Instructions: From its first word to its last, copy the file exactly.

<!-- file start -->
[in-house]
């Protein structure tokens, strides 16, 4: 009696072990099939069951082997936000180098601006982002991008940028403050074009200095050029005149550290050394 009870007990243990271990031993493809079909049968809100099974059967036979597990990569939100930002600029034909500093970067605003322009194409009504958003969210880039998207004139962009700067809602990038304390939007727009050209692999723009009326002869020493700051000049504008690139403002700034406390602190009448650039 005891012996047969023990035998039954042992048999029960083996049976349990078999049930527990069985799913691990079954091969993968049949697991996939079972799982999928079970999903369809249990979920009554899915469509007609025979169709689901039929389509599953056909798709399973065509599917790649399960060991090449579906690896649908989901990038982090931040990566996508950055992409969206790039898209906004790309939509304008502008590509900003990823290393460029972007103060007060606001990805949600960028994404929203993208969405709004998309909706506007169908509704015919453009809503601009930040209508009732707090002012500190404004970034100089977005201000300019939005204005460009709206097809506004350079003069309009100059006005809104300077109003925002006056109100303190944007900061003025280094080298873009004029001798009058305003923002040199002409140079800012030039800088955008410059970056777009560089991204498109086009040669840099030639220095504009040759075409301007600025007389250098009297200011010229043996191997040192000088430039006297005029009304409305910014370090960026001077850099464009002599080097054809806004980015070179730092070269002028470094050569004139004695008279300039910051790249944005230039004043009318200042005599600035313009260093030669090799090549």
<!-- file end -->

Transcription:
[in-house]
């Protein structure tokens, strides 16, 4: 009696072990099939069951082997936000180098601006982002991008940028403050074009200095050029005149550290050394 009870007990243990271990031993493809079909049968809100099974059967036979597990990569939100930002600029034909500093970067605003322009194409009504958003969210880039998207004139962009700067809602990038304390939007727009050209692999723009009326002869020493700051000049504008690139403002700034406390602190009448650039 005891012996047969023990035998039954042992048999029960083996049976349990078999049930527990069985799913691990079954091969993968049949697991996939079972799982999928079970999903369809249990979920009554899915469509007609025979169709689901039929389509599953056909798709399973065509599917790649399960060991090449579906690896649908989901990038982090931040990566996508950055992409969206790039898209906004790309939509304008502008590509900003990823290393460029972007103060007060606001990805949600960028994404929203993208969405709004998309909706506007169908509704015919453009809503601009930040209508009732707090002012500190404004970034100089977005201000300019939005204005460009709206097809506004350079003069309009100059006005809104300077109003925002006056109100303190944007900061003025280094080298873009004029001798009058305003923002040199002409140079800012030039800088955008410059970056777009560089991204498109086009040669840099030639220095504009040759075409301007600025007389250098009297200011010229043996191997040192000088430039006297005029009304409305910014370090960026001077850099464009002599080097054809806004980015070179730092070269002028470094050569004139004695008279300039910051790249944005230039004043009318200042005599600035313009260093030669090799090549």